… you write the foreward! Here is an excerpt from the foreward kicking off Building School 2.0: How to Create the Schools We Need by my long time friends and colleagues, Zac Chase and Chris Lehmann. (spoiler alert: I think this is a fabulous book that you all need to read)
During my four years there (SLA), I spent countless hours with Zac and Chris taking care of the administration and long-term planning for the school. Our work flow was definitely unusual. We spent (too) many late nights working around Chris’ desk, cycling between watching West Wing clips on YouTube, sharing thought provoking blog posts, quoting pithy tweets, being full on ridiculous and cranking out the work. I could tell you that we were efficient, but I’d be lying. Effective, yes, but efficient, no. Though the two of them may tell you that I was the ‘least fun’ one, always trying to keep us on task, I stretched myself greatly while I was there with them. The farm kid born of efficiency had to stop and question not just whether the work was getting done, but whether our work honored the people we were working and learning with along the way. We were the model of distracted productivity, and it was grand.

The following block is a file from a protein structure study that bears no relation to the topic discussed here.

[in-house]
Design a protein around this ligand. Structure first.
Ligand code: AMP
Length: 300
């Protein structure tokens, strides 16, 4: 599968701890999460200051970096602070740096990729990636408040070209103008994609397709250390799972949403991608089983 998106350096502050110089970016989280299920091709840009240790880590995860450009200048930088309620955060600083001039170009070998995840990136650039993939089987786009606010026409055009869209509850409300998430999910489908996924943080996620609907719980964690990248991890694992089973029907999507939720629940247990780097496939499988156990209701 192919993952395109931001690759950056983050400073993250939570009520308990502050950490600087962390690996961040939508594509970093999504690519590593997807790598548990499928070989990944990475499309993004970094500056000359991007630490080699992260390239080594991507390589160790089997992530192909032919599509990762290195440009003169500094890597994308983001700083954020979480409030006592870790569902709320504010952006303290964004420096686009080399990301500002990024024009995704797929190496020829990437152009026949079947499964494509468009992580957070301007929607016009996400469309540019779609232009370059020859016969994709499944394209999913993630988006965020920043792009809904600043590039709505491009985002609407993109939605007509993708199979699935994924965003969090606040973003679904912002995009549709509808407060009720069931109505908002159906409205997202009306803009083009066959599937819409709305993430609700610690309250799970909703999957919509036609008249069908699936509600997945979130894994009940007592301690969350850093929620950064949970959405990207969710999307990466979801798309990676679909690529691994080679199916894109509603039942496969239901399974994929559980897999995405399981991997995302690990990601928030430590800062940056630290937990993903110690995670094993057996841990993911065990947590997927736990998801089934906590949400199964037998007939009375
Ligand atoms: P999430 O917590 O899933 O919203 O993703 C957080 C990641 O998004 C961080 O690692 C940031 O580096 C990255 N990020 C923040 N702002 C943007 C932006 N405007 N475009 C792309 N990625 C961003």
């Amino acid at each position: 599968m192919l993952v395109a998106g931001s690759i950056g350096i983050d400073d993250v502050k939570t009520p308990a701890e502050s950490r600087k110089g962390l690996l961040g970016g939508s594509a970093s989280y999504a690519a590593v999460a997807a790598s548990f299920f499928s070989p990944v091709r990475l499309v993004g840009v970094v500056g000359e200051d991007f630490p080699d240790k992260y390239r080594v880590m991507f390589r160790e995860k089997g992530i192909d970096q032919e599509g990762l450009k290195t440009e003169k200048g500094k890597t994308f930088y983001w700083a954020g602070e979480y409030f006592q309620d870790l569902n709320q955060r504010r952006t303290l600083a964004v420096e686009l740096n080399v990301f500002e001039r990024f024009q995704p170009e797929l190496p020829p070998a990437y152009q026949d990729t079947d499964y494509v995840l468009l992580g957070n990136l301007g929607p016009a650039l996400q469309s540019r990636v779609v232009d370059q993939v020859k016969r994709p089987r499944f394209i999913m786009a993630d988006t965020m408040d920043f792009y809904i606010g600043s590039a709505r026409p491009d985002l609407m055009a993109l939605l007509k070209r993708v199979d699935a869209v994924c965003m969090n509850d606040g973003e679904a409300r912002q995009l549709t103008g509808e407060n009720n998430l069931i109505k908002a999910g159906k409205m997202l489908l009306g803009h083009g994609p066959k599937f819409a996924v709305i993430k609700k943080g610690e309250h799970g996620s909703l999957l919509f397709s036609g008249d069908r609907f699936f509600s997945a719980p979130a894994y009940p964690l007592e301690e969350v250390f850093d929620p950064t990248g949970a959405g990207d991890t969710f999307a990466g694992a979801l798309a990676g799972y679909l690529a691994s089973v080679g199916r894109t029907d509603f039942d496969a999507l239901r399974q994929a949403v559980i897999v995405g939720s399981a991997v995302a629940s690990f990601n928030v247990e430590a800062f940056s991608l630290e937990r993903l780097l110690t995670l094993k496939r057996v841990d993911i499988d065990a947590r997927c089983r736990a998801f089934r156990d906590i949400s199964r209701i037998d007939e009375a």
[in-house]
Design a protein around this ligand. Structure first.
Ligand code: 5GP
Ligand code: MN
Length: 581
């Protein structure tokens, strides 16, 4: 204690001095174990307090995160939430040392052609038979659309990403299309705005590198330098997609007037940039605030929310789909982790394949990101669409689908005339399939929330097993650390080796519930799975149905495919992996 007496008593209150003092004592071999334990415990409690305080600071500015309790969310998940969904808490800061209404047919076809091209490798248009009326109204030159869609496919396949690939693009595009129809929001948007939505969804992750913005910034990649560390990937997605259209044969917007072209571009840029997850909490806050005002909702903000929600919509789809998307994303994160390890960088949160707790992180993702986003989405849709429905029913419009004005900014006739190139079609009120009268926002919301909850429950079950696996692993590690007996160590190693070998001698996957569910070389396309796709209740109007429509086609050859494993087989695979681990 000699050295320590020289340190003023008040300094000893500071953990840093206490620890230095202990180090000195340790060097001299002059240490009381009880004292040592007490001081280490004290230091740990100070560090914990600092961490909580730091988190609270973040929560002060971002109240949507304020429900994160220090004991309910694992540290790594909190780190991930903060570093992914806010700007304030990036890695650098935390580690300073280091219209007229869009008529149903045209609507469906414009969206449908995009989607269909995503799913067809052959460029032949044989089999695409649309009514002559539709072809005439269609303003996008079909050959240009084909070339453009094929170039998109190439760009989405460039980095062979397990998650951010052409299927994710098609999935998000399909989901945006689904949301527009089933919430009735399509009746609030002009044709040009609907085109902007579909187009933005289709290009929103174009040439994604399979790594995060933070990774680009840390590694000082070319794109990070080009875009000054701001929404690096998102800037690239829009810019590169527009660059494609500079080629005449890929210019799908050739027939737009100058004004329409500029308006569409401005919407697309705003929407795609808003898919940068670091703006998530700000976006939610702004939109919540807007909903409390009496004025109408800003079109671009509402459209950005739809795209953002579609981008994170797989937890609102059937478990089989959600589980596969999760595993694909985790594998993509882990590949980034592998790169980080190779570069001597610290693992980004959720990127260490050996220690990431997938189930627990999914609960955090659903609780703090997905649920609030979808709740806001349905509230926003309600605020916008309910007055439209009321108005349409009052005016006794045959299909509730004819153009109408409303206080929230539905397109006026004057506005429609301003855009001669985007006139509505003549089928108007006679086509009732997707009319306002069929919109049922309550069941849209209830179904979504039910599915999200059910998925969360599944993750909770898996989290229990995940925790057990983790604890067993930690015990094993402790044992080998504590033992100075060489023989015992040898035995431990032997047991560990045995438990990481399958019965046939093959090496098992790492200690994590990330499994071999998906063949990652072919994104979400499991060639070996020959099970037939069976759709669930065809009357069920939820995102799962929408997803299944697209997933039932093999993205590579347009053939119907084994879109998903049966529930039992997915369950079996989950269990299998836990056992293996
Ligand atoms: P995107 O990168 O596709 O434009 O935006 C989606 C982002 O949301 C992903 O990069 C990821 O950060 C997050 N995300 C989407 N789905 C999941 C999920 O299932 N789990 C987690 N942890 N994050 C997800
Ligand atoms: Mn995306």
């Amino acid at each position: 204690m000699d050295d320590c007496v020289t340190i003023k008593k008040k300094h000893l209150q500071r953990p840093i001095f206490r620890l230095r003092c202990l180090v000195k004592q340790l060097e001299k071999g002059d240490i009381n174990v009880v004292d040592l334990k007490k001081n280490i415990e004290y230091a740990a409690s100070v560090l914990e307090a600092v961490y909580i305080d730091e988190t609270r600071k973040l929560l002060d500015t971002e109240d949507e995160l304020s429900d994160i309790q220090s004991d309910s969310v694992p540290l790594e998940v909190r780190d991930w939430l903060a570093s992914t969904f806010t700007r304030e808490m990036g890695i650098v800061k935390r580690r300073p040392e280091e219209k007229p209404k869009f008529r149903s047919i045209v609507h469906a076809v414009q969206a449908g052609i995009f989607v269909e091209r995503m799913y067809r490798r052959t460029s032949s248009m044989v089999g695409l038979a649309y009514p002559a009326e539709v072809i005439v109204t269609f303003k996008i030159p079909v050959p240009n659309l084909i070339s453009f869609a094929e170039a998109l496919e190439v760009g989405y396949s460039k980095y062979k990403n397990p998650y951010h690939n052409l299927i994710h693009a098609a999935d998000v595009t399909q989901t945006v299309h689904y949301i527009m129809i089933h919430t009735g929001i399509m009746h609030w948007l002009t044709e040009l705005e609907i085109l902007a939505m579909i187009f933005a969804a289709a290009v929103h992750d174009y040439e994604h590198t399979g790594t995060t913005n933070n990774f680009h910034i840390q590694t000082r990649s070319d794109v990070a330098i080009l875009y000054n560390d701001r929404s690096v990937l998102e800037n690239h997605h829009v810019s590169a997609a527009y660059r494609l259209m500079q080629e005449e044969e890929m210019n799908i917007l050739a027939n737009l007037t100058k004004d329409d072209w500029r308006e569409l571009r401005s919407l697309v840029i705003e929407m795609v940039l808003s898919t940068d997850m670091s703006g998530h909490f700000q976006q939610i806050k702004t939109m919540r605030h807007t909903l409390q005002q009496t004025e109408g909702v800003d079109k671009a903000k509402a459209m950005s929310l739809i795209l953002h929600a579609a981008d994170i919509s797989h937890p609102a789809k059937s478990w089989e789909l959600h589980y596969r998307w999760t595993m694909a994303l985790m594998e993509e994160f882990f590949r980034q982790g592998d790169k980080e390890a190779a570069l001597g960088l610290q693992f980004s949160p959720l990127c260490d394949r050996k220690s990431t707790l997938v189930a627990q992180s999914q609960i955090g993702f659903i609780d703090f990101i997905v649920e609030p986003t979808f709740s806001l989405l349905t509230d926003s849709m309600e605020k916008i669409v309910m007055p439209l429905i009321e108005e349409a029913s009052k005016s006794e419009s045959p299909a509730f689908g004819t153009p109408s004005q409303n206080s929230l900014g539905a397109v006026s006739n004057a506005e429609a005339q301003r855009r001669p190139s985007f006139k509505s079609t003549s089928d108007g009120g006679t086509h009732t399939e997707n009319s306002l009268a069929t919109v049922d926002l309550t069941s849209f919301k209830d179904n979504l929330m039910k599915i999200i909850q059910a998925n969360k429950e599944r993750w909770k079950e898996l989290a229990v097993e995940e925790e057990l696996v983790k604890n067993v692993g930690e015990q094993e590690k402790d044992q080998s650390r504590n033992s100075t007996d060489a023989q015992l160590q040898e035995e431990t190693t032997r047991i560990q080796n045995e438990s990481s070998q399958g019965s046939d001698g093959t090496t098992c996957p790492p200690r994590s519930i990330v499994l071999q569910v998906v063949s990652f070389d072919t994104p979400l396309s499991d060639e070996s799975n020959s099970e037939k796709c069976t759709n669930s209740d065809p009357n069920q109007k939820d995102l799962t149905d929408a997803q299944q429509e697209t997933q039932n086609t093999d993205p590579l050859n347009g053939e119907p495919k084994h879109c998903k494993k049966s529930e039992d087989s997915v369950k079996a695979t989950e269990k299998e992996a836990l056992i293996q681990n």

Building School 2.0 is born of that distracted productivity, a blend of humanity and scholarly inquiry that fuels the daily dialogue at SLA. When we had a particularly challenging stretch, we truly would search to find the value of each school day. When we started taking ourselves a little too seriously, we reminded each other that humility matters and to not become ego-invested in our work. On those really amazing days, when the teaching and learning flowed ever so smoothly, we reveled in how lucky we were to be teachers. And on almost a daily basis, we would be silly–and I mean really silly, the kind that left you teary-eyed and with sore abs. The chapters of this book capture so much of what we cherish in that school environment, so much of what we are all still working to sustain at SLA and create in new learning environments.
Please pick this up, start the conversation in your community and really dig into the work of creating the schools we need.